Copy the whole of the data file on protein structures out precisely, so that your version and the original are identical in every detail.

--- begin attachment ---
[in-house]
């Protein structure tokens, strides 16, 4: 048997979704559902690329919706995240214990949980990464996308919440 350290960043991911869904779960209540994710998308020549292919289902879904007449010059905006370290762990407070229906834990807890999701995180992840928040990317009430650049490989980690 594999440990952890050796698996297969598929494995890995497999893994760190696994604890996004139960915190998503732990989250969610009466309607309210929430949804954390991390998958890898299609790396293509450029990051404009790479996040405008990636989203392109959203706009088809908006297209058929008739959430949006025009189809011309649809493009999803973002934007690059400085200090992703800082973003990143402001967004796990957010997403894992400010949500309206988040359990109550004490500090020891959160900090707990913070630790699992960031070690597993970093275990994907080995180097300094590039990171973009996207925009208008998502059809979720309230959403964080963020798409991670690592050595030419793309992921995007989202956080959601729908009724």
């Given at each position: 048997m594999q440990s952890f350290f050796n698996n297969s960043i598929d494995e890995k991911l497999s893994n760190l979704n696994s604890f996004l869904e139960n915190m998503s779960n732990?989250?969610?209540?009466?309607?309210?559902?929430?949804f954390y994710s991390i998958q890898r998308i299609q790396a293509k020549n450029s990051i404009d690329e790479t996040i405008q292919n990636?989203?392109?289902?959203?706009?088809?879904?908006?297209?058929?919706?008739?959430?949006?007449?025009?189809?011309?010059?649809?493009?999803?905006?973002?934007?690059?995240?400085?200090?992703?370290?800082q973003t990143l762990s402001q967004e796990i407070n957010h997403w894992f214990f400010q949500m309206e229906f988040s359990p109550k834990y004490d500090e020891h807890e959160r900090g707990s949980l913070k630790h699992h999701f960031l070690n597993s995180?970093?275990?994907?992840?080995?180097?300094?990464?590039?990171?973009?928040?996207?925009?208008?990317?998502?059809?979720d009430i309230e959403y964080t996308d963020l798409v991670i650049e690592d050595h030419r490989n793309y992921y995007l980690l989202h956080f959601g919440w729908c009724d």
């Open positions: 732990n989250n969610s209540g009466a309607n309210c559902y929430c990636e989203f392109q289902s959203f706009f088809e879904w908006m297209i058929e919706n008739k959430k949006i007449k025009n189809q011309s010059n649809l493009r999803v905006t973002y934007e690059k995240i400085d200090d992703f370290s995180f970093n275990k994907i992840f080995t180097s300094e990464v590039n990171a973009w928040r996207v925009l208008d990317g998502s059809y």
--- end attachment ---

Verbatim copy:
[in-house]
């Protein structure tokens, strides 16, 4: 048997979704559902690329919706995240214990949980990464996308919440 350290960043991911869904779960209540994710998308020549292919289902879904007449010059905006370290762990407070229906834990807890999701995180992840928040990317009430650049490989980690 594999440990952890050796698996297969598929494995890995497999893994760190696994604890996004139960915190998503732990989250969610009466309607309210929430949804954390991390998958890898299609790396293509450029990051404009790479996040405008990636989203392109959203706009088809908006297209058929008739959430949006025009189809011309649809493009999803973002934007690059400085200090992703800082973003990143402001967004796990957010997403894992400010949500309206988040359990109550004490500090020891959160900090707990913070630790699992960031070690597993970093275990994907080995180097300094590039990171973009996207925009208008998502059809979720309230959403964080963020798409991670690592050595030419793309992921995007989202956080959601729908009724």
């Given at each position: 048997m594999q440990s952890f350290f050796n698996n297969s960043i598929d494995e890995k991911l497999s893994n760190l979704n696994s604890f996004l869904e139960n915190m998503s779960n732990?989250?969610?209540?009466?309607?309210?559902?929430?949804f954390y994710s991390i998958q890898r998308i299609q790396a293509k020549n450029s990051i404009d690329e790479t996040i405008q292919n990636?989203?392109?289902?959203?706009?088809?879904?908006?297209?058929?919706?008739?959430?949006?007449?025009?189809?011309?010059?649809?493009?999803?905006?973002?934007?690059?995240?400085?200090?992703?370290?800082q973003t990143l762990s402001q967004e796990i407070n957010h997403w894992f214990f400010q949500m309206e229906f988040s359990p109550k834990y004490d500090e020891h807890e959160r900090g707990s949980l913070k630790h699992h999701f960031l070690n597993s995180?970093?275990?994907?992840?080995?180097?300094?990464?590039?990171?973009?928040?996207?925009?208008?990317?998502?059809?979720d009430i309230e959403y964080t996308d963020l798409v991670i650049e690592d050595h030419r490989n793309y992921y995007l980690l989202h956080f959601g919440w729908c009724d």
């Open positions: 732990n989250n969610s209540g009466a309607n309210c559902y929430c990636e989203f392109q289902s959203f706009f088809e879904w908006m297209i058929e919706n008739k959430k949006i007449k025009n189809q011309s010059n649809l493009r999803v905006t973002y934007e690059k995240i400085d200090d992703f370290s995180f970093n275990k994907i992840f080995t180097s300094e990464v590039n990171a973009w928040r996207v925009l208008d990317g998502s059809y």